An hour after nightfall, we arrived in downtown Sevilla, and began navigating to our hotel located in the labyrinthine old neighborhood of Santa Cruz. Little did we know that, in some places, the streets were only inches wider than the car, and hairpin turns were around every corner. After an hour of the most stressful driving experience of our lives, Judy managed to park the car like a pro, and we made our way to the hotel a few blocks away.
A bit shaken, we decided that we simply could not end our first night in Seville on such a silly note, so we began researching places to see the city's famed flamenco in action. Our search inevitably led us to Triana, the gypsy district, and the tiny bar called Casa Anselma, where we were told flamenco occurred genuinely and spontaneously. Immediately after arriving, we found it to be true, as a small band played flamenco classics in the corner while the packed bar sang along, and whoever felt the urge would set down their drink and saunter up to the front to dance in a space scarcely larger than a phonebooth. Anselma sashayed around, swinging her embroidered shawl, jovially taunting and teasing her guests - her deep and raspy voice overpowering the bar-chatter. Moments later, the entire bar went dark and Anselma herself led all in a sung prayer to the virgin - a small icon on the mantle which was lit by electronic candles. Afterwards, many of the patrons filed out of the bar, which allowed us to squeeze our way to the front and take a seat next to the band. For the next few hours we sat transfixed by the energy, and time seemed to dissolve away without our knowing. By the time we left, it was well past three in the morning, and it was only then that we realized how exhausted we were from the day's travels.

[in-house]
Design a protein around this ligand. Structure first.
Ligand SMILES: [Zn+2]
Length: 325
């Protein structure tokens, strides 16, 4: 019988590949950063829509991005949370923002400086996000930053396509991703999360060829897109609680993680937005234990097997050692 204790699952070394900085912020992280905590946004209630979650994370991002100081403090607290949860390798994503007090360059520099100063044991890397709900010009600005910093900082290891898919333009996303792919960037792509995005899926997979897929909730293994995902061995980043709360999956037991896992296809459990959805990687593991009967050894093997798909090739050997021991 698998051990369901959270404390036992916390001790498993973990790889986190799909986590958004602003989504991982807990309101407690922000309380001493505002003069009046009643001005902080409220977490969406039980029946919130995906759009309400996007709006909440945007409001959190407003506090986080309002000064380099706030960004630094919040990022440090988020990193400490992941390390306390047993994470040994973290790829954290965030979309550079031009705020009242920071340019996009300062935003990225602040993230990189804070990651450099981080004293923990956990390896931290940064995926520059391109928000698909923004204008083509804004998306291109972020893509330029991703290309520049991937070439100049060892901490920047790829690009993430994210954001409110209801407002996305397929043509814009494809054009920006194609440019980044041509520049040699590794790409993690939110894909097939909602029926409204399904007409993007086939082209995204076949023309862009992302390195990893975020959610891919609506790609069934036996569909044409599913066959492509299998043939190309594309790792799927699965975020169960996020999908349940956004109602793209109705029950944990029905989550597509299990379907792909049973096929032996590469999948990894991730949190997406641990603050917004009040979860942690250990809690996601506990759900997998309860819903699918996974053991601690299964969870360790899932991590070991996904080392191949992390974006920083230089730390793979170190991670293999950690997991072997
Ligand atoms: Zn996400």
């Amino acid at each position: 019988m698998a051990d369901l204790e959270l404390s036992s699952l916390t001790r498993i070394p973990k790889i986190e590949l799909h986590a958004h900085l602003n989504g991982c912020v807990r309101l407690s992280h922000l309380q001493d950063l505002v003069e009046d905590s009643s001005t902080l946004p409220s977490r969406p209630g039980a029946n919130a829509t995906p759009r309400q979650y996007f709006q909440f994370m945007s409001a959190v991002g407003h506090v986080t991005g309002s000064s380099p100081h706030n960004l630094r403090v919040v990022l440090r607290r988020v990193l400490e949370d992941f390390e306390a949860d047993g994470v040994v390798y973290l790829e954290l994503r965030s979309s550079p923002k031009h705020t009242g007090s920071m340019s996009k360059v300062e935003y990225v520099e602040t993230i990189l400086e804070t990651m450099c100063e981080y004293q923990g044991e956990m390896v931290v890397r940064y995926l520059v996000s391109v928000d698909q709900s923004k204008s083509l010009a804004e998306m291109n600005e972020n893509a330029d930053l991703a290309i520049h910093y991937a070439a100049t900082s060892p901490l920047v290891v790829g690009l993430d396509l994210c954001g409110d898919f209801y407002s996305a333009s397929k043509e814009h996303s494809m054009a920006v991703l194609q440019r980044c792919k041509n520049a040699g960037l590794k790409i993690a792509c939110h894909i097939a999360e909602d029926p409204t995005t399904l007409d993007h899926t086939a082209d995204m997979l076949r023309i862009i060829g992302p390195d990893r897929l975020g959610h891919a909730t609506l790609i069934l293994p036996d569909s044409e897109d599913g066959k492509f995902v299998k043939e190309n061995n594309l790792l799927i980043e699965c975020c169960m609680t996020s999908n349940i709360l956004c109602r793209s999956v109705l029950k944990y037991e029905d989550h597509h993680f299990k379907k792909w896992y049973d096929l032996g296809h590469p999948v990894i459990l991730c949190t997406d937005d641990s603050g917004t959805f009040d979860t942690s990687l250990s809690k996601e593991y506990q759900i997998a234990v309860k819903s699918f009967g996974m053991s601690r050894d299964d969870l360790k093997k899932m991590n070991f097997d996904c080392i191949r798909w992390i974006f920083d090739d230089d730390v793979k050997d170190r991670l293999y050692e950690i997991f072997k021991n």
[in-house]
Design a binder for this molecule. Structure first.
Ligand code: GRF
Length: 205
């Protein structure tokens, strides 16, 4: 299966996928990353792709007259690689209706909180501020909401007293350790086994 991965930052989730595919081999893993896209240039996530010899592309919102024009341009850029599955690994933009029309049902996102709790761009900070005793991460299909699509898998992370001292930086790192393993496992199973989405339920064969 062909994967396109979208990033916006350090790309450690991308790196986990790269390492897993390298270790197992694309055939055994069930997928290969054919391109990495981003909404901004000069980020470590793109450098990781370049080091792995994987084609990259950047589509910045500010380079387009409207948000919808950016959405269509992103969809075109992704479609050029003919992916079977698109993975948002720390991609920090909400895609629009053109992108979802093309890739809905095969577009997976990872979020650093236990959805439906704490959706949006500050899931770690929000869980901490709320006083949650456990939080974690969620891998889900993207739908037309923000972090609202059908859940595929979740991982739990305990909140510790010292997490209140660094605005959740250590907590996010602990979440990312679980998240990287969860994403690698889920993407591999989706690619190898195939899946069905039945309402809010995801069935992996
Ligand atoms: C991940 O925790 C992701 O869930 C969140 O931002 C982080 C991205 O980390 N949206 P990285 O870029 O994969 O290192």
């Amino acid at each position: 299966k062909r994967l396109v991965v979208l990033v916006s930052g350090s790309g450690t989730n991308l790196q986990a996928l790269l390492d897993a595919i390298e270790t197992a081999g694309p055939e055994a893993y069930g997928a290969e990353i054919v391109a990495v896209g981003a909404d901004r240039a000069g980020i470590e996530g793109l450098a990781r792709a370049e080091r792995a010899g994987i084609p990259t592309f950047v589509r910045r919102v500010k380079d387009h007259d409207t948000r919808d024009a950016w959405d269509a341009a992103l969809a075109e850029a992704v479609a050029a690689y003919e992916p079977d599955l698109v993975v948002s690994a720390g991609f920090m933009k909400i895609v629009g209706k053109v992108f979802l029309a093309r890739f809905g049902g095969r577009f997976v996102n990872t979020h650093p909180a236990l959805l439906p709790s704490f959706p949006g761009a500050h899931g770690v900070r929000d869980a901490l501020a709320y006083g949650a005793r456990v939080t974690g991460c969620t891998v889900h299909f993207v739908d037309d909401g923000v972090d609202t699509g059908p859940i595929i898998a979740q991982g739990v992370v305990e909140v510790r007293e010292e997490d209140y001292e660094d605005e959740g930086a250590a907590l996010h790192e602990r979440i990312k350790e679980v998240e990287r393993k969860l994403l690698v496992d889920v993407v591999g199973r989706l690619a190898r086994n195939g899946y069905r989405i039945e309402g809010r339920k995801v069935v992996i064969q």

The next morning, we decided to wander through Seville without any real destination in mind, and soon found ourselves enchanted by the unique nature of the city - from it's ornate gardens and parks, to its magnificent architecture. We took in such sights as the famed Catedral de Santa María de la Sede (the largest Gothic structure in the world), and the Alcázar, enjoyed the scent of roasting chestnuts, and even stumbled upon a flea market in a small courtyard.
We also explored Seville's bustling downtown area, where modern department stores and clothing chains are intermingled with classic storefronts selling handmade clothing and antiques. We even had a food fight with some cheeky girls in a cafe, before exchanging notes (which we wrote in Spanish, and they wrote in English) as impromptu language practice.
That night we decided to witness the other end of the flamenco spectrum, and purchased tickets to a performance at La Casa de la Memoria - the venue widely considered to show the best flamenco in Seville. Shortly after six, we filed through the front door and into a beautiful 18th century courtyard, dimly lit, and overgrown with ivy. There were only about seventy seats in two rows around the perimeter of the courtyard, with a ten-foot square stage in center of the room. Once everyone was seated, a singer and a guitarist entered the room, sat down behind the stage, and began to play. After a few songs, a female dancer entered the room and took to the stage. For the next hour, our eyes did not move from the stage as she danced, later accompanied by an equally skilled male dancer. Together, they cultivated an atmosphere unlike anything we'd ever felt before, each working in perfect unison with the others.
Shortly after the show, we walked to a nearby restaurant, Vineria San Telmo. Each of us ordered three tapas, shared a bottle of wine (all for less than fifty euros), and concluded before it was even over that it was the best meal of our lives. So good in fact, that we extended our stay in Seville until the afternoon of the next day, just so we could go back for lunch.